Taking a Position on Hydraulic Cylinder Sensors

Taking a Position on Hydraulic Cylinder Sensors

No clear-cut choices exist when it comes to selecting a linear displacement transducer for position feedback of hydraulic cylinder position. However, this comparison of the most common technologies may help narrow down the field.

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As demand grows for finer control and functionality, especially in the heavy industry, subsea, and mobile equipment worlds, users and systems integrators rely more heavily on sensor-instrumented hydraulic cylinders. Ultimately, one must determine the application’s requirements and the technology that best suits it on a total installed cost versus performance basis.

Fig. 1
This cross-sectional view shows a hydraulic cylinder fitted with an internal position sensor. Optional signal-conditioning electronics could be mounted outside the cap end at left.

Populating these cylinders are position feedback sensors, which employ one of three traditional technologies: magnetostrictive, variable resistance, and variable inductance sensors. Other sensor technologies have seen some success in this application, but the focus of this article is to compare these three most popular technologies.

Incorporating these sensors into a cylinder typically involves the use of a long probe that extends into a deep, small-diameter blind hole drilled into the internal end of the cylinder rod. This process is often called gun drilling, due to its resemblance to a gun barrel.

A Glance at the Big Three

Magnetostrictive technology has been the preferred technology for high-accuracy applications. The sensor incorporates a stainless-steel tubular probe and a short toroidal permanent magnet, which is installed in a counterbore in the cylinder’s piston. The most common package is designed to thread the sensors’ electronics housing into an O-ring port in the back of a cylinder, with the long, slender probe fitting inside into the rod’s bore.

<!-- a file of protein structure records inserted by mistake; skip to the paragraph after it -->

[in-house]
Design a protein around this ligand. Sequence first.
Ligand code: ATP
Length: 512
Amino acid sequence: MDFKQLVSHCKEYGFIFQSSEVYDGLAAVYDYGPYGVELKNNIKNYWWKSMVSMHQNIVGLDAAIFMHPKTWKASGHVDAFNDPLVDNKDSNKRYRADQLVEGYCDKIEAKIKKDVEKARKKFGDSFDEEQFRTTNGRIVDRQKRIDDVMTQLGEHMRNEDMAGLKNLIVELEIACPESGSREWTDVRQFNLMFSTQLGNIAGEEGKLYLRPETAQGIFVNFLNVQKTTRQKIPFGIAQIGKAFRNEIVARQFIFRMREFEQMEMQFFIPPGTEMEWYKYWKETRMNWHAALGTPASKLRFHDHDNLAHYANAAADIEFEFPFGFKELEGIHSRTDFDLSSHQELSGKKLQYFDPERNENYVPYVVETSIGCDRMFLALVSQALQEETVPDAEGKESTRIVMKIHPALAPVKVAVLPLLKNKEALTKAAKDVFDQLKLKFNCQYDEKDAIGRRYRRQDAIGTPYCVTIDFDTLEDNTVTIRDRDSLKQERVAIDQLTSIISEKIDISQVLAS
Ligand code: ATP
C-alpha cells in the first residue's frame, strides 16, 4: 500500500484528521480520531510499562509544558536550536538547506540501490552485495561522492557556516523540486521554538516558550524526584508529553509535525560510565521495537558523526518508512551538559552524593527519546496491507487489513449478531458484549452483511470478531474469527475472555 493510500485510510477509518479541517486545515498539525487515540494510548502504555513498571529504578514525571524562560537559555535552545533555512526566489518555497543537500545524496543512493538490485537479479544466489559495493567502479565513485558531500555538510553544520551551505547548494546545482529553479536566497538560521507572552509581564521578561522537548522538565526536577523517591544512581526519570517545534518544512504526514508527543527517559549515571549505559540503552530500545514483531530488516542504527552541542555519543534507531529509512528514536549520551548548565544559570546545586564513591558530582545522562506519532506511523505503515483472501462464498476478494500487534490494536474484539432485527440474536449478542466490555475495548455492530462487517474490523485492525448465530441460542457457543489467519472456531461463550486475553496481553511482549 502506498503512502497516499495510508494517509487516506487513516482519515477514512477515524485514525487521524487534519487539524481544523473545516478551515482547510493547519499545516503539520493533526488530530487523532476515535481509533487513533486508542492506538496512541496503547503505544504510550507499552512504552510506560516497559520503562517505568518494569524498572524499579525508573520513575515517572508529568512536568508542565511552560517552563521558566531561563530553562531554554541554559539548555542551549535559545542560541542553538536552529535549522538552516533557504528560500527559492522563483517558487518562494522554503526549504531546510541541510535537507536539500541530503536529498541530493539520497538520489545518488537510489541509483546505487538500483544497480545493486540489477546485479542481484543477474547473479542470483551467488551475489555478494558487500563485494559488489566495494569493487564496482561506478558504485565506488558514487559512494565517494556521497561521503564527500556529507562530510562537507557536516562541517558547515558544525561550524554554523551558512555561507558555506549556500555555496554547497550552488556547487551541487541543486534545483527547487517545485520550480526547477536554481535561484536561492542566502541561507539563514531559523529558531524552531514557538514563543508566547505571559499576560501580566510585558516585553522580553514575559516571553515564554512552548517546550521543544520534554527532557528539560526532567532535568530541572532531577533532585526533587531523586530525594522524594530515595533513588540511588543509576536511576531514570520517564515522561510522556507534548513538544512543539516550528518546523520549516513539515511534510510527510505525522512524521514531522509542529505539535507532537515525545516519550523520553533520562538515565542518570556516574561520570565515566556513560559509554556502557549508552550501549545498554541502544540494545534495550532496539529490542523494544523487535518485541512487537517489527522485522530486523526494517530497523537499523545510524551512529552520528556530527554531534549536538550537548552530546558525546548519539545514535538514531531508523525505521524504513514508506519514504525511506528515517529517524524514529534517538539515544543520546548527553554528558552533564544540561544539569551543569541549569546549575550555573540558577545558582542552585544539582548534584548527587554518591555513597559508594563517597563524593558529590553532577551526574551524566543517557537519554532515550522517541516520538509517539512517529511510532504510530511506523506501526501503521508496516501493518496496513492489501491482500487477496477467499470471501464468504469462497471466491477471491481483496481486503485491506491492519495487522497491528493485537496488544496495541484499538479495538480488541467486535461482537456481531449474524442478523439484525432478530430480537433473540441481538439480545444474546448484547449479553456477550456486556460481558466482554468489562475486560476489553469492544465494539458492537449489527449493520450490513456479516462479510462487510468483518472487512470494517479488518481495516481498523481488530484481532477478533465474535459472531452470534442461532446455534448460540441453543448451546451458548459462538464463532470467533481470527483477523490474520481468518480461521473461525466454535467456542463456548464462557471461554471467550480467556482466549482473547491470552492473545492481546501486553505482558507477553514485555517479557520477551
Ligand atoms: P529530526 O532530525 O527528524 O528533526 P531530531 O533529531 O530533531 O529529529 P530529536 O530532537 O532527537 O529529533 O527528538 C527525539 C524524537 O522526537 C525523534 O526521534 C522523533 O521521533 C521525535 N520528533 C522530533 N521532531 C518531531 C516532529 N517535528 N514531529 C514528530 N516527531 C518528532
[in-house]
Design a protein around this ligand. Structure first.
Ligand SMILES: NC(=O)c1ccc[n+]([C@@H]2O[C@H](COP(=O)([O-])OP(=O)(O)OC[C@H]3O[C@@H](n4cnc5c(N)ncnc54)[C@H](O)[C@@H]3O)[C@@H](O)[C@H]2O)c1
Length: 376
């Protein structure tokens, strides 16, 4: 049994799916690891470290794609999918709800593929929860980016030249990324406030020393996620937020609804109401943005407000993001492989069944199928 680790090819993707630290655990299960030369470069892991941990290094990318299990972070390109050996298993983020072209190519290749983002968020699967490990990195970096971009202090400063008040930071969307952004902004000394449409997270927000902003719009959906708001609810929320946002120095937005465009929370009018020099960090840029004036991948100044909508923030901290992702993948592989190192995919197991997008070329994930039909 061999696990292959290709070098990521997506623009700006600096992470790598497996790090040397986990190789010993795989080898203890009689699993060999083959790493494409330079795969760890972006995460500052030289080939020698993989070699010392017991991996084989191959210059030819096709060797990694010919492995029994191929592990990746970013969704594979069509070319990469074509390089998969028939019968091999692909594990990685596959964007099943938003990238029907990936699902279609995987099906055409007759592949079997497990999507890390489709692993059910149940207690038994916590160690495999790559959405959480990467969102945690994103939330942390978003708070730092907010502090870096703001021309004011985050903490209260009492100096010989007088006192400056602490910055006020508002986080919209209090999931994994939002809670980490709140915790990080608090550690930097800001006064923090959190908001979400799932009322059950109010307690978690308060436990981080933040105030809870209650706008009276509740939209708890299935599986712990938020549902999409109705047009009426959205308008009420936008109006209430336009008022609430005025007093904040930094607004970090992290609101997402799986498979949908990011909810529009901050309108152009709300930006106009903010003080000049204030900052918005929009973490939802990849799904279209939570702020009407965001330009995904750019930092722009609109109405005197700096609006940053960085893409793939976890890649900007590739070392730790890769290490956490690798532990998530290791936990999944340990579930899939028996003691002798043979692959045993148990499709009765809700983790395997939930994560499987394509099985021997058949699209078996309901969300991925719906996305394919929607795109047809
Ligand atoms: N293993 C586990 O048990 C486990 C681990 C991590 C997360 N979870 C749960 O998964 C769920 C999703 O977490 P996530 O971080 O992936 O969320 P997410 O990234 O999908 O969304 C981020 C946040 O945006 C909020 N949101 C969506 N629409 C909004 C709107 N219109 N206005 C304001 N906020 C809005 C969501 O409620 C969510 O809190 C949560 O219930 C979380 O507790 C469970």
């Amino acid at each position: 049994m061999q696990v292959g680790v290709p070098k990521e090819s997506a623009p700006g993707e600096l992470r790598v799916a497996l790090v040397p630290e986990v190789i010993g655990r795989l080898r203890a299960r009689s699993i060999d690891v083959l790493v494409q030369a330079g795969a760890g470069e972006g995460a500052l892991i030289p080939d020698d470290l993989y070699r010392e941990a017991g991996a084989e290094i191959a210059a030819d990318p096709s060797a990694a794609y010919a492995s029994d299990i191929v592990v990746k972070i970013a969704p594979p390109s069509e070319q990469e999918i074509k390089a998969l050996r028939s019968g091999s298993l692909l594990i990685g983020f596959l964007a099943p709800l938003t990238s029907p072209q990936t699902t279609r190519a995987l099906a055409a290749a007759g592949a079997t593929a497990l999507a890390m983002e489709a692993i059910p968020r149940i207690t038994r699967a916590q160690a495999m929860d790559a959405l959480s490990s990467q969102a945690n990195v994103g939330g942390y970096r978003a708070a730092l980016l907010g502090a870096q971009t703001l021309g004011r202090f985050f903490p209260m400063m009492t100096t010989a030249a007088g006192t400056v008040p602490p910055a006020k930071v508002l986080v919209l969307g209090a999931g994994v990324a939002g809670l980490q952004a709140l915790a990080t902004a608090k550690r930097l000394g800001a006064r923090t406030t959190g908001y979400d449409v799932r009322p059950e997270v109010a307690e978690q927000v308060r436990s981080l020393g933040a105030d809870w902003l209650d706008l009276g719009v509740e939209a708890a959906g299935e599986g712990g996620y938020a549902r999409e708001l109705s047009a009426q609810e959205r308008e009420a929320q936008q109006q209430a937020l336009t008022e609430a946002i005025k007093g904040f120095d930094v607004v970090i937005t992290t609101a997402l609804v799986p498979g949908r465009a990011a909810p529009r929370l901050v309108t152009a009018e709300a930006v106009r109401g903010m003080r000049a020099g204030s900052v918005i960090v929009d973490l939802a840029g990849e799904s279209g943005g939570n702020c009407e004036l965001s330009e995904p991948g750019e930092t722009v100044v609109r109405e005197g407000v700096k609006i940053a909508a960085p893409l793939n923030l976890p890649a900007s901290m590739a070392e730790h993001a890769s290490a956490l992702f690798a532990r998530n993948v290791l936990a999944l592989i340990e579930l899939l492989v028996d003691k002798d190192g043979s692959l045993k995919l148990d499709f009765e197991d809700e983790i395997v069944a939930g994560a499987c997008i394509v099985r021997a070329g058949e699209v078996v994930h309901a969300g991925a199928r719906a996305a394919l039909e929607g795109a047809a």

Magnetostrictive technology uses the “time of flight" principle to determine the magnet's position with high accuracy and moderate response time. The magnet reflects a torsional mechanical pulse, which is transmitted along a wire inside the probe, called a waveguide. Typically, each magnetostrictive-sensor manufacturer has its own style of magnet with proprietary mounting features, such the number of holes, the hole pattern, etc. 

Magnetostrictive sensors can consume a fair amount of power and may not be as mechanically rugged as the other two main sensor types. They offer high electrical performance, and the magnetostrictive sensor's package design is tailor-made for port-mounted in-cylinder use.

Variable-resistance (potentiometer-type) sensors, commonly called pots, are selected when purchase cost becomes more of a driving factor than high accuracy. A resistance pot is usually embedded into the cylinder's cap end plate, as opposed to the port mounting of magnetostrictive sensors. It uses an insulated round carrier, which is attached to the internal end of the gun-drilled cylinder rod, and supports an electrically conductive wiper that contacts the surface of a partially conductive plastic probe. As the wiper moves along this plastic element, its resistance changes in a linear fashion, making it fairly easy to determine the carrier's position and, thus, the rod's position. 

Fig. 2
Variable-inductance position sensors haven’t experienced the widespread application in hydraulic cylinders like that of resistance pots or magnetostrictive sensors, but their non-contacting technology and high tolerance for mechanical shock and vibration make them a viable alternative in many systems.